Now, replacing a sirloin steak with a can of pinto beans might not appeal to you. But how does roasted tomato-eggplant ratatouille with rice, or spicy black bean chili and cheesy cornbread sound? There are many meals like these that taste so good you won’t even think to ask “where’s the beef?” Eggplant parmesan, pasta salad, bean burritos, and vegetable fajitas are some good examples. Admittedly, a flexitarian diet will call on your creativity. Here are some tips to get you started:
  • Stock up on vegetarian cookbooks. Some good ones to try include Vegetarian Cooking for Everyone, by Deborah Madison and The New Moosewood Cookbook, by Molly Katzen. These and many other titles are available at your local library, so you can check them out before you commit. Also visit SparkRecipes.com for a wide selection of vegetarian recipes.
  • If you’re cooking at home, make your main course meatless and serve meat on the side. You could have vegetarian lasagna and a salad topped with cubed chicken, roasted eggplant and zucchini sandwiches with antipasto, or spinach frittata and a side of organic sausage.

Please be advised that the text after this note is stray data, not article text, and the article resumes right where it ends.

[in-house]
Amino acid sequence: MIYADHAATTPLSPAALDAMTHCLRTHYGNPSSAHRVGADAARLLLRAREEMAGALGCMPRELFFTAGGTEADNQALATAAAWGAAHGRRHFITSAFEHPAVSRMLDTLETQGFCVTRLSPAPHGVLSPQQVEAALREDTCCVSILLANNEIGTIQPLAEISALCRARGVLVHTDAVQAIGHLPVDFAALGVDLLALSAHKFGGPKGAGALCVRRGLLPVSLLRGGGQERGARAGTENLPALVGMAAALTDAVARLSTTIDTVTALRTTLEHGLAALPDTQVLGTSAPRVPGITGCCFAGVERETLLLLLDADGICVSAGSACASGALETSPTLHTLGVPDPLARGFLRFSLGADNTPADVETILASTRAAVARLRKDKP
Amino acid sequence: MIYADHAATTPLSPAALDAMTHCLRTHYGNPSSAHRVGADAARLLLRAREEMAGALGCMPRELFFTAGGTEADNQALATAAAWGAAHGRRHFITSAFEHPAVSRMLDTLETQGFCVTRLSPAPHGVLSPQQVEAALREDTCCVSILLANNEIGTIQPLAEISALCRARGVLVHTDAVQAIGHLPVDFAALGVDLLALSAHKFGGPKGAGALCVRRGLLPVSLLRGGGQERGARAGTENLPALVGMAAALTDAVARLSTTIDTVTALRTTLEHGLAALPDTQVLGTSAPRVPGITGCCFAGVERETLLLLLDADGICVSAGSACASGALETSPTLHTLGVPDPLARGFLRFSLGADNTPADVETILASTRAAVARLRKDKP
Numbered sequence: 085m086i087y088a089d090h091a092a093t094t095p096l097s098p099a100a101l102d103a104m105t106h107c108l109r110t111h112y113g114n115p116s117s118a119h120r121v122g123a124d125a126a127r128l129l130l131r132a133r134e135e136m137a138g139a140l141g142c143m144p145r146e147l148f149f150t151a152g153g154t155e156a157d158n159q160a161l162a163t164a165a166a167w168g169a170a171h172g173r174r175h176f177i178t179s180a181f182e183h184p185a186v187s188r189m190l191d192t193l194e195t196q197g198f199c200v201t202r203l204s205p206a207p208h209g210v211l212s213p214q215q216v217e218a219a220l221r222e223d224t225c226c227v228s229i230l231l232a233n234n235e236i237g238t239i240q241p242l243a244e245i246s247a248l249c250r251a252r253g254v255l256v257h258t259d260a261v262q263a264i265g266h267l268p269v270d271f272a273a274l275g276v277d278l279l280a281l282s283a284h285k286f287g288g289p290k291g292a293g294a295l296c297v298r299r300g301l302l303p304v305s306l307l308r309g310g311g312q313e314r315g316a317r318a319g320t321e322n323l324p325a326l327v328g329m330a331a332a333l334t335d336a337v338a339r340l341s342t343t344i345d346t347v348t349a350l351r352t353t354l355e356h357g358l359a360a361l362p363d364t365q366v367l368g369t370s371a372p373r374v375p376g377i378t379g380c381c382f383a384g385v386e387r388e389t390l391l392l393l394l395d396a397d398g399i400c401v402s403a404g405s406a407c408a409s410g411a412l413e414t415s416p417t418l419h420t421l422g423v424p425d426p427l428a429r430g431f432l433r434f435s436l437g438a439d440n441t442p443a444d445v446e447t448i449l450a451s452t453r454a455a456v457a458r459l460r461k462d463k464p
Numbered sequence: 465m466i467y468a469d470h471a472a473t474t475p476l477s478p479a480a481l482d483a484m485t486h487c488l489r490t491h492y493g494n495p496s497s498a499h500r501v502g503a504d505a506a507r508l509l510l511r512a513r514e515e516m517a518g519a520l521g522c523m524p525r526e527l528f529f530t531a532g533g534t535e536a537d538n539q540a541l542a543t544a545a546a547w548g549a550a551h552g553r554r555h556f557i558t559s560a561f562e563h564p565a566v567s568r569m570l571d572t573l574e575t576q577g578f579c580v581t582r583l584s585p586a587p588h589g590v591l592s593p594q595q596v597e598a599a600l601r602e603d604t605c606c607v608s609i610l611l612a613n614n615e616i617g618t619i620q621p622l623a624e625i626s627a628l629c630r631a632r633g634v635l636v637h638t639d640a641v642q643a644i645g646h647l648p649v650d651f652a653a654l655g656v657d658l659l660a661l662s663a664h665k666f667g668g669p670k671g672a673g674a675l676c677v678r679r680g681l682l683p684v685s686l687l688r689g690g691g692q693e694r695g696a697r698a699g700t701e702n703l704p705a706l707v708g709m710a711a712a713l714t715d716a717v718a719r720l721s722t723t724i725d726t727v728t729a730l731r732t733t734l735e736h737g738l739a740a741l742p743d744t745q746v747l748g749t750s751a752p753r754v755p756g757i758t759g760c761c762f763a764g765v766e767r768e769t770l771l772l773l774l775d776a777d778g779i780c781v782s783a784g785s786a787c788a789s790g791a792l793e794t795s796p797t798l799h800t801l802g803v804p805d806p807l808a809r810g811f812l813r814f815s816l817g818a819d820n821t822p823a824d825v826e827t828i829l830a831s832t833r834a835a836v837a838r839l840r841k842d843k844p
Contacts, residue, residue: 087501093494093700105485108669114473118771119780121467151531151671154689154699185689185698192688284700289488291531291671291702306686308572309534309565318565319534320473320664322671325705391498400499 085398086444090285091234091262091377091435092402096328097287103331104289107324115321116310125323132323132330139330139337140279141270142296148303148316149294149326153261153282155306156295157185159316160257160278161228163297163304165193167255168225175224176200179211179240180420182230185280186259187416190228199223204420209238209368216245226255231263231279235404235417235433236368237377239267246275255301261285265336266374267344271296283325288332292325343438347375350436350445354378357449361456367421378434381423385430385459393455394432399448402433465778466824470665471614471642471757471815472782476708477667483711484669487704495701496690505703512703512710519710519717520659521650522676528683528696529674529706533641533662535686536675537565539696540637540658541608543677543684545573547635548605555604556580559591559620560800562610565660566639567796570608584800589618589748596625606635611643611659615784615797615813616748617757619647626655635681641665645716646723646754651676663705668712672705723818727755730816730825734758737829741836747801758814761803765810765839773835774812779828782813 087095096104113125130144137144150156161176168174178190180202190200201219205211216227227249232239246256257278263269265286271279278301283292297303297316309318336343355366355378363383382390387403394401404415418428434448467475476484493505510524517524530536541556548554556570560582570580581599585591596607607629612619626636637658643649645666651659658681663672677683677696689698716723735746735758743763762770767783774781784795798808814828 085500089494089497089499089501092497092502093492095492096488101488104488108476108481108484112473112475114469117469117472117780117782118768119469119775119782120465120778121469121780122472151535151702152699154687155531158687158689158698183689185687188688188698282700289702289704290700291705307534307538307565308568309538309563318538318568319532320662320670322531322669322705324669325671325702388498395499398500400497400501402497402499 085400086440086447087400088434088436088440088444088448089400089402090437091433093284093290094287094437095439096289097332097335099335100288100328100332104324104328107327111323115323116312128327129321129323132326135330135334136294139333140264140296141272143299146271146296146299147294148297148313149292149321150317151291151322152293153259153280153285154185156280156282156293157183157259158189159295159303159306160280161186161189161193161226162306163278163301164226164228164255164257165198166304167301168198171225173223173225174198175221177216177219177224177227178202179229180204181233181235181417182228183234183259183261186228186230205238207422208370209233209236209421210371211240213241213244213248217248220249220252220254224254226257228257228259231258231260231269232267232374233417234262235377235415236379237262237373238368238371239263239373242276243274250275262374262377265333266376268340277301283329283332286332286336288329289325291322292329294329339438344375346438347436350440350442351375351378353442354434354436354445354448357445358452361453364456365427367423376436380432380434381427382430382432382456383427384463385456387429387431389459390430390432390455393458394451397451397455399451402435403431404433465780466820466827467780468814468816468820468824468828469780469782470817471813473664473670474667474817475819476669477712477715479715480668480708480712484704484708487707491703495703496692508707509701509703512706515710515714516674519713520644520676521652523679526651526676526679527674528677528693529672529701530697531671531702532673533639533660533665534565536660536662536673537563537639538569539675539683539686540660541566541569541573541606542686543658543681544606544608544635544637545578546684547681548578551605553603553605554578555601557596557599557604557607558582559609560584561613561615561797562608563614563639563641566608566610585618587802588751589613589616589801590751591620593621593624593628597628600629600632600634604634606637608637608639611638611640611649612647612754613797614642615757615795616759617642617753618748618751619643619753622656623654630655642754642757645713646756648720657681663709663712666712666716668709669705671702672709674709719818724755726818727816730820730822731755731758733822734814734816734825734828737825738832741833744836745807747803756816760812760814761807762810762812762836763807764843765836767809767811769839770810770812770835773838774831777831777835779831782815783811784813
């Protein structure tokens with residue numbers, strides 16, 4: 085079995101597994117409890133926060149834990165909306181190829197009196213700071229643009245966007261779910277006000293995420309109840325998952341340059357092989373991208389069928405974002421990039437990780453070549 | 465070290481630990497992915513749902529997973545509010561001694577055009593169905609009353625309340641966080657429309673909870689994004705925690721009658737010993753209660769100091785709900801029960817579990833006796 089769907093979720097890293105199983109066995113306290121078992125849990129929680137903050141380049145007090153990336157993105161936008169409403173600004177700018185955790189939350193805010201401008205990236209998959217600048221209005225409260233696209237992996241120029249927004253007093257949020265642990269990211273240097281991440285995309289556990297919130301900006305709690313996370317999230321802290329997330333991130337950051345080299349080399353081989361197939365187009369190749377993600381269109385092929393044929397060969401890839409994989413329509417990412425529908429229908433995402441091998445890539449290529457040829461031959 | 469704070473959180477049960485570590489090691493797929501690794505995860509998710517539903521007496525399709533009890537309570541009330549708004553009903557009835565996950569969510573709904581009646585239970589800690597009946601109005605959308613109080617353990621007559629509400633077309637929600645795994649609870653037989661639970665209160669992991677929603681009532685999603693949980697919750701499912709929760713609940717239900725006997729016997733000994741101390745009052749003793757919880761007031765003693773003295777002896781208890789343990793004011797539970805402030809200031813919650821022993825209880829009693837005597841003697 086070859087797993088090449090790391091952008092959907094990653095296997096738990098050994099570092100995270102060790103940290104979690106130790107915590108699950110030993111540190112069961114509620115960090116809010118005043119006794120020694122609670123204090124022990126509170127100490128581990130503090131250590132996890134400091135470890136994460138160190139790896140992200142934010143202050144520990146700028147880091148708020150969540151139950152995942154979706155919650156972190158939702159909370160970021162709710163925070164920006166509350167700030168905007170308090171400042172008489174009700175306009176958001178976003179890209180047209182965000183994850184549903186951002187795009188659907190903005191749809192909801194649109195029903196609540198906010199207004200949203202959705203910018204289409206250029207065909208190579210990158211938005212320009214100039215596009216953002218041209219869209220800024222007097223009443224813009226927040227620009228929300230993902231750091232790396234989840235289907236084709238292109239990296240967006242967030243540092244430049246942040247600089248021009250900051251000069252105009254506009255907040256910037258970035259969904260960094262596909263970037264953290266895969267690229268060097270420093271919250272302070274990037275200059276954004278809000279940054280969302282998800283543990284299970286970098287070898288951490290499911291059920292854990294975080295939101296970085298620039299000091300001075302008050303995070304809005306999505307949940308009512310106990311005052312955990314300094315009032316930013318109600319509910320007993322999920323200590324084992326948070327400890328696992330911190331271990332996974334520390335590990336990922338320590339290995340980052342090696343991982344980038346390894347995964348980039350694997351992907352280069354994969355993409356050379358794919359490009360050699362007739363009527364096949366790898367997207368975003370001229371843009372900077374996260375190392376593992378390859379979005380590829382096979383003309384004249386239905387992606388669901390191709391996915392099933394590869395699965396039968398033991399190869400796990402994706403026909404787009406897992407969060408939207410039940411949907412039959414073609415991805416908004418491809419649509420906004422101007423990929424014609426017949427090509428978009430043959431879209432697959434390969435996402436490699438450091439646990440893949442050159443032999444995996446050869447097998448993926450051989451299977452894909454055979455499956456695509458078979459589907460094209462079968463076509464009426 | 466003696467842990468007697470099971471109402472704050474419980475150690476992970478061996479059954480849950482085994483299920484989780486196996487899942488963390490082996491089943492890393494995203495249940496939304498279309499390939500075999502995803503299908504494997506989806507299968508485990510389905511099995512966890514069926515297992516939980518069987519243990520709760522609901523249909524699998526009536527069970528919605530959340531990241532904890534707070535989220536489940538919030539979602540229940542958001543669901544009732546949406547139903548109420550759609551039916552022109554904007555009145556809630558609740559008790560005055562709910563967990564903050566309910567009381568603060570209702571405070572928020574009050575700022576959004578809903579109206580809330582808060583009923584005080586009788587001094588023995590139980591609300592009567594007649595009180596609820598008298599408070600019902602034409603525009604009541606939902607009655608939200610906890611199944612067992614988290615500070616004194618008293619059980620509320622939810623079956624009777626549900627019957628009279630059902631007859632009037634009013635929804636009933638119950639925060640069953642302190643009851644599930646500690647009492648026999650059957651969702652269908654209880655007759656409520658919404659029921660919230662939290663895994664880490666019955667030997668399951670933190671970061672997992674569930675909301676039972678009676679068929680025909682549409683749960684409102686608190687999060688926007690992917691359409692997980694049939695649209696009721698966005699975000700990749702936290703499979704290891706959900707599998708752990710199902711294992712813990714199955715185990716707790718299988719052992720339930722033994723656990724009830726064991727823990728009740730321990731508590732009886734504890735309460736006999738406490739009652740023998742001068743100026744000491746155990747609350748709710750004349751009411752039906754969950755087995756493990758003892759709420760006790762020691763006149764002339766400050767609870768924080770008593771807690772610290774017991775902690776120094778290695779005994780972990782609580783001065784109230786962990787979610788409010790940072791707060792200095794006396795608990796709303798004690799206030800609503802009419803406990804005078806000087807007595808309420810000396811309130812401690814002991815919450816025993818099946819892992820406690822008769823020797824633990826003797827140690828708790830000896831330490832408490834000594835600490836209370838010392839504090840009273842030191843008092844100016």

• Pick a meatless day each week. Or go vegetarian during the week and omnivore on the weekends. This will give your body a break from processing all that cholesterol and saturated fat, and balance your overall caloric and fat intake.
  • Try some meat substitutes. Most vegetarians enjoy cold-cuts as much as anyone, but theirs are made from soy, and are lower in fat and cholesterol-free.
  • When dining-out, scour the menu for vegetarian options—restaurants usually offer at least one. If not, choose an entrée that is served with veggies and grains—like pasta, or stir-fry.
  • Fill up in the garden. Imagine your dinner plate is divided in quarters. Fill two quarters with veggies, one quarter with grains, and the last quarter with meat.
  • Eat your veggies first. Along with vitamins, they’re also loaded with fiber, which will begin to satiate you before you dig in to the meat.
  • Bank your meals for the future. If you go to a restaurant and order a steak, order a take-away container along with it. Cut off a section about the size of a deck of playing cards, and that’s your dinner. The rest will make a great lunch tomorrow and maybe even more—all for the price of one meal.
  • Skimp on cheese. There is a common pitfall for anyone attempting a vegetarian or semi-vegetarian diet—substituting one saturated fat (meat) for another (cheese). Remember that cheese is high in saturated fat too, and can contribute to health problems if over-consumed. Rely on vegetables and whole grains to fill in the gap instead.